“The ICE muni yield curve is hovering around Friday’s levels,” ICE Data Services said in a Monday market comment. “Tobacco bonds are one basis point lower in quiet trading, and high yield is unchanged along with Puerto Rico. Taxable yields are up two basis points.”
Although the largest deals of the week won’t come until Wednesday and Thursday, the action will commence on Tuesday.
“This week’s new-issue calendar is down 13% from the prior week but the volume of tax-exempt issuance should be up since this week’s taxable volume is expected to be about half of last week’s,” Luby said.
Siebert Williams and Shank is scheduled to price Bexar County Hospital District’s (Aa1 /AA+) $290.645 million of certificates of obligation and limited tax refunding bonds on Tuesday.
Piper Sandler is expected to price Ysleta Independent School District, Texas’ (Aaa/AAA/ ) $263.765 million of unlimited tax school building bonds. The deal is backed by the Permanent School Fund Guarantee Program.
Citi is expected to price Ohio Housing Finance Agency’s (Aaa/NR/NR) $149.995 million of residential mortgage revenue non-alternative minimum tax bonds.
“It’s been quite a while since we have had a week with this low of taxable issuance,” said one New York trader. “I don’t expect this to keep happening however, taxables are definitely here to stay.”
Last week’s actively traded issues
According to IHS Markit, revenue bonds made up 52.80% of total new issuance in the week ended Jan. 10, down from 54.38% in the prior week. General obligation bonds were 41.81%, up from 40.73%, while taxable bonds accounted for 5.39%, up from 4.89%.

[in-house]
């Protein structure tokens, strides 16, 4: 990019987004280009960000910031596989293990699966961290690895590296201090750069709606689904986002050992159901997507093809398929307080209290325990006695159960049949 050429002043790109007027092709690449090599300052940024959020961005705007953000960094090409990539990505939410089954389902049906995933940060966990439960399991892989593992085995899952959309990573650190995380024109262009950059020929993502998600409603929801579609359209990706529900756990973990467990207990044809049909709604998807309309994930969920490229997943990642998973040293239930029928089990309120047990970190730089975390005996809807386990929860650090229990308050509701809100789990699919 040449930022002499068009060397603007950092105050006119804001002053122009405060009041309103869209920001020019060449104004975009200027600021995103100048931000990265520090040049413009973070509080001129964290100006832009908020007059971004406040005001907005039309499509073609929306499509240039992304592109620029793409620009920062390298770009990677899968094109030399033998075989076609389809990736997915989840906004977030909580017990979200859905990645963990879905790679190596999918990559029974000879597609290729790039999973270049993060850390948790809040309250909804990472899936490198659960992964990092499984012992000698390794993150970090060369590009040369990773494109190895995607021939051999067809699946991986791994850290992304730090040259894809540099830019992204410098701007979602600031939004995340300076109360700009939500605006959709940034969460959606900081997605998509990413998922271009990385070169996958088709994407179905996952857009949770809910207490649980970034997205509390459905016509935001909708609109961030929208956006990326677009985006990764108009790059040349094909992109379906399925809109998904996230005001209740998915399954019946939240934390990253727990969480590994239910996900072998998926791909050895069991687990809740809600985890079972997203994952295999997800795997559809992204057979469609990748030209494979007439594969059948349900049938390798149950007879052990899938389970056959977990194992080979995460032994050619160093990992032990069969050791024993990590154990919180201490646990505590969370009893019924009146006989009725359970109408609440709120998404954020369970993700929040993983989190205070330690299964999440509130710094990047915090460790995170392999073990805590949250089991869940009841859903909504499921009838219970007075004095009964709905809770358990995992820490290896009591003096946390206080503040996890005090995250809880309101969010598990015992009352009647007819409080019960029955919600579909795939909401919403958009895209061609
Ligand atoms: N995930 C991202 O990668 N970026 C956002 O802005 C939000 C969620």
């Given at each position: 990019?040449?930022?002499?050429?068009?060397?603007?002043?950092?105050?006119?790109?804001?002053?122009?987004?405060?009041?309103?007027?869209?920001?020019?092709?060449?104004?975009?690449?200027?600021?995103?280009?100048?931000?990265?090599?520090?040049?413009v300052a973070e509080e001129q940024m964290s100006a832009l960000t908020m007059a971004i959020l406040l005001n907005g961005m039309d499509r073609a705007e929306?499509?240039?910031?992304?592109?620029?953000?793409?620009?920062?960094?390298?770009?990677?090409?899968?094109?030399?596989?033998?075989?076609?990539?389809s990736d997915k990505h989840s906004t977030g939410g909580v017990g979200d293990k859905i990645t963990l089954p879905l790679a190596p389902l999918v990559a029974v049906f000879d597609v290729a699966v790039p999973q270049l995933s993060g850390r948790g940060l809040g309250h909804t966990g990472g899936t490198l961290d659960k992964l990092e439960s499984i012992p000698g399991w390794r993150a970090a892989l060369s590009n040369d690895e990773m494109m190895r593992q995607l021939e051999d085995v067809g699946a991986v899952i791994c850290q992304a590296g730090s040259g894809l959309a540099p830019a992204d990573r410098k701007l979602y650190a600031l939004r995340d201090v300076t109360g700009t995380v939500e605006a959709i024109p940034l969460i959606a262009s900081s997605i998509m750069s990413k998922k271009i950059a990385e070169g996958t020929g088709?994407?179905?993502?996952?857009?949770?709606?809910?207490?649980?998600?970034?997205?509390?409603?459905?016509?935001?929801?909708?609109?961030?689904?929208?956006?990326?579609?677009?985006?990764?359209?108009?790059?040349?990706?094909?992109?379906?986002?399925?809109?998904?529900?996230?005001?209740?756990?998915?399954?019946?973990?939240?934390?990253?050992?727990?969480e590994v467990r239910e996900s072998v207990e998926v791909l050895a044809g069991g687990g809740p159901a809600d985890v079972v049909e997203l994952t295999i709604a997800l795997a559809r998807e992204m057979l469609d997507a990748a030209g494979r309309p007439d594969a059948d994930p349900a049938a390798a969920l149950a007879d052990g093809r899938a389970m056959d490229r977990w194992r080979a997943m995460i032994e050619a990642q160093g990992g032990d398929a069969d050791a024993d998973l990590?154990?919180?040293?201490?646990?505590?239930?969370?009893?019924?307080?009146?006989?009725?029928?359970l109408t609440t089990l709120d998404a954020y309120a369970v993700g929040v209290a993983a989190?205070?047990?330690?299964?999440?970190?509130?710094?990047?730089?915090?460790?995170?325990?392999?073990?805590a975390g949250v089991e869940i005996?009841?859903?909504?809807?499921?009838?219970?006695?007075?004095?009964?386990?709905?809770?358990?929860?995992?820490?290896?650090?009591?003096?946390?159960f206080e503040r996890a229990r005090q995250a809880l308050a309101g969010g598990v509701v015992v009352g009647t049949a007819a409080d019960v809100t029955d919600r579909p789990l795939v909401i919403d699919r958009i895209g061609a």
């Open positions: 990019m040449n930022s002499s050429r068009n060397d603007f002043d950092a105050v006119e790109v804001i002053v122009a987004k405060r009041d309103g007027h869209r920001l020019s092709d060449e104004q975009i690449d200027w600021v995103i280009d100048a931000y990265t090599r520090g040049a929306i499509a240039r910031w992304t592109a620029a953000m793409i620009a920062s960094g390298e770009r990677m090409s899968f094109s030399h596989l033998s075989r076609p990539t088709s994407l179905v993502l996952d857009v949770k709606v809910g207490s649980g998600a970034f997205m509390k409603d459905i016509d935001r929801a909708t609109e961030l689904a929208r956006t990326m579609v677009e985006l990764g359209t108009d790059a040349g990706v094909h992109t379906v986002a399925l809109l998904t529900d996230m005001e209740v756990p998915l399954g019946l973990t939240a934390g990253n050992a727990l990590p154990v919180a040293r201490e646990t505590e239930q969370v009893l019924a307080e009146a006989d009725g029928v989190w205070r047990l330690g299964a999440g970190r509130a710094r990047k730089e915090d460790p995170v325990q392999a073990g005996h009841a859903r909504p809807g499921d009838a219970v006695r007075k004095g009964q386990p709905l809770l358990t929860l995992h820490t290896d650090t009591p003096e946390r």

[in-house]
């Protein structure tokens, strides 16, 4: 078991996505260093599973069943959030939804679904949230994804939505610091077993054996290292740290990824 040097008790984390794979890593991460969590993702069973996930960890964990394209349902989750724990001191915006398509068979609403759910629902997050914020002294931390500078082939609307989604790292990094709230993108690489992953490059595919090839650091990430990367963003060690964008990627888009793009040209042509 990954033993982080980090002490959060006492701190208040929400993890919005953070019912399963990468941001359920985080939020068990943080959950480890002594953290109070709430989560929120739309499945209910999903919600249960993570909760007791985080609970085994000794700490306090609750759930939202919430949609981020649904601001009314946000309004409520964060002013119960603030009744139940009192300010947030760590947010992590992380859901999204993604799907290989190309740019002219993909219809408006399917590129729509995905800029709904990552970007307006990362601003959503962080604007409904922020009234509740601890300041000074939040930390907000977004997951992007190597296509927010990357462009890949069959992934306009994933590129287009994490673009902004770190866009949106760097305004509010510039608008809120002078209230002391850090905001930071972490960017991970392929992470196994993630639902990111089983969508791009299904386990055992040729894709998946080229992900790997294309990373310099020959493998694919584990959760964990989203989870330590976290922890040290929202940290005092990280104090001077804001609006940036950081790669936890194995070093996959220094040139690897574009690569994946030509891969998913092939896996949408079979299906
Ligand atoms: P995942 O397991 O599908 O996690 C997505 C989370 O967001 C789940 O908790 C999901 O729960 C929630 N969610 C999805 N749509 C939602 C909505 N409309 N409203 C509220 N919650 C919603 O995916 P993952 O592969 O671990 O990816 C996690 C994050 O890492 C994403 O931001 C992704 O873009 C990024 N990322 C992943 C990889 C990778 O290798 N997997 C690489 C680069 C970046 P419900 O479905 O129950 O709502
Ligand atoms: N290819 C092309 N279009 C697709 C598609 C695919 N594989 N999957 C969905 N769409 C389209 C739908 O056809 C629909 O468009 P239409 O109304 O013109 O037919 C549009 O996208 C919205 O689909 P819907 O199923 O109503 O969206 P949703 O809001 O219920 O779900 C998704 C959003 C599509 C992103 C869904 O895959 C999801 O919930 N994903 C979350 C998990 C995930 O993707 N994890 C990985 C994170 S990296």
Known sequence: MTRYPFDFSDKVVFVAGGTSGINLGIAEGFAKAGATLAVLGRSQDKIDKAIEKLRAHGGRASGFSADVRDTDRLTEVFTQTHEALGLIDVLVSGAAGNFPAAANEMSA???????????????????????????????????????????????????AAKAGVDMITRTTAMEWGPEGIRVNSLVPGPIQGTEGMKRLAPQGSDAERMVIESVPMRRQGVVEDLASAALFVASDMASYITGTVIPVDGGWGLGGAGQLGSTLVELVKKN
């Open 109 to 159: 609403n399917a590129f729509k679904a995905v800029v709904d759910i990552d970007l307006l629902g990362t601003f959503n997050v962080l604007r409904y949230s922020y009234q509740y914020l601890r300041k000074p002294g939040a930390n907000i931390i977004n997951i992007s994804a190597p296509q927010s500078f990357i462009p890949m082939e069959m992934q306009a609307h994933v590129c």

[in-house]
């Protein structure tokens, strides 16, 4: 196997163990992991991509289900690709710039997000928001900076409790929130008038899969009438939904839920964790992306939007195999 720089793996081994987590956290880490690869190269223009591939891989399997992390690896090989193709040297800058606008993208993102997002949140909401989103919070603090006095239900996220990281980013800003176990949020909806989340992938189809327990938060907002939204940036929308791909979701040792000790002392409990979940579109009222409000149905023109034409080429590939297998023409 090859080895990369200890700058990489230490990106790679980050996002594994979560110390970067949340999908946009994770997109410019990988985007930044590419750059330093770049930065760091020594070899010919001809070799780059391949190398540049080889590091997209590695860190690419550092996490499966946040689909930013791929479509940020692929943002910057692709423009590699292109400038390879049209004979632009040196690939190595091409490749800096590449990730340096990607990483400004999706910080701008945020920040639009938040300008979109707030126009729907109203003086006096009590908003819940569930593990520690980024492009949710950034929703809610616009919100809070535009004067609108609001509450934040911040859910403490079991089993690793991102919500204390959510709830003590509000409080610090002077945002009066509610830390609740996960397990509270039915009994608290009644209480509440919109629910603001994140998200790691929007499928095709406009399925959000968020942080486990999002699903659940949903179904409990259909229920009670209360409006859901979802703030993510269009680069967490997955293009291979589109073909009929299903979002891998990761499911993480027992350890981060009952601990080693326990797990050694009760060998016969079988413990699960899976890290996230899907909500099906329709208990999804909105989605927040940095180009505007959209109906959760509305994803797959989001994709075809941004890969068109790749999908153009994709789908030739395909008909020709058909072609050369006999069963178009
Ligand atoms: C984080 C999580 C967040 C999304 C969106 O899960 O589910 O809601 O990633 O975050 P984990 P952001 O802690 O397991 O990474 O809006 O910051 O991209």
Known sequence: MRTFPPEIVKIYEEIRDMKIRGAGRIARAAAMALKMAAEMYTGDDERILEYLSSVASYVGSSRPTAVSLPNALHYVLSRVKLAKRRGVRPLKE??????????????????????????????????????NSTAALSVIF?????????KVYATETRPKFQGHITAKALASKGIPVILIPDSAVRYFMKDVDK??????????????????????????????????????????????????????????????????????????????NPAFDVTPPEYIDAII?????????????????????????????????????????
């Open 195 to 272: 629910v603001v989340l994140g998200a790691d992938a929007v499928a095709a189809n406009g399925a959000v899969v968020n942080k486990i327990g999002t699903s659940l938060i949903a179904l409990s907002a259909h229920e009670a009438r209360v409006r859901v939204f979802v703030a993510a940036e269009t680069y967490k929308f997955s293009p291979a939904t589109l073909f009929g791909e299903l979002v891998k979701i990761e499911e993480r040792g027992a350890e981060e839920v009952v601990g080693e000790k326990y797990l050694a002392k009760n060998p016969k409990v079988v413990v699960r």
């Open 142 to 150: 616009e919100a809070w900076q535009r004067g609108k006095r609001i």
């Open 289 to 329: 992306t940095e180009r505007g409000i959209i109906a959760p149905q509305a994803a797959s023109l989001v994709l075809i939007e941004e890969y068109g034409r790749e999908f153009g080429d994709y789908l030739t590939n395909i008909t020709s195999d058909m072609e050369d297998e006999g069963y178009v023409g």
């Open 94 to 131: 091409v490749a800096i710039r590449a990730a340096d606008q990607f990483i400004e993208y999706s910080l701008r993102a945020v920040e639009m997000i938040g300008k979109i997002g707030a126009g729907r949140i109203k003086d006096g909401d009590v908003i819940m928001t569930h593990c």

Some of the most actively traded munis by type in the week were from California and New York issuers.
In the GO sector, the State of California zeros of 2033 traded 23 times. In the revenue bond sector, the Metropolitan Transportation Authority 4s of 2022 traded 56 times. In the taxable bond sector, the State of California 2.375s of 2026 traded 26 times.
Housing sector should see stable performance in 2020
Economic fundamentals bode well for continued stable performance in the U.S. municipal housing sector, according to S&P Global Ratings analyst Marian Zucker.
“Favorable financial conditions due to a lowered chance of recession, expected low interest rates through the end of the year, modest inflation, steady labor force participation, and continued wage growth — most importantly even for lower wage workers — provides a solid foundation for the sector to remain on largely stable ground during 2020,” Zucker said.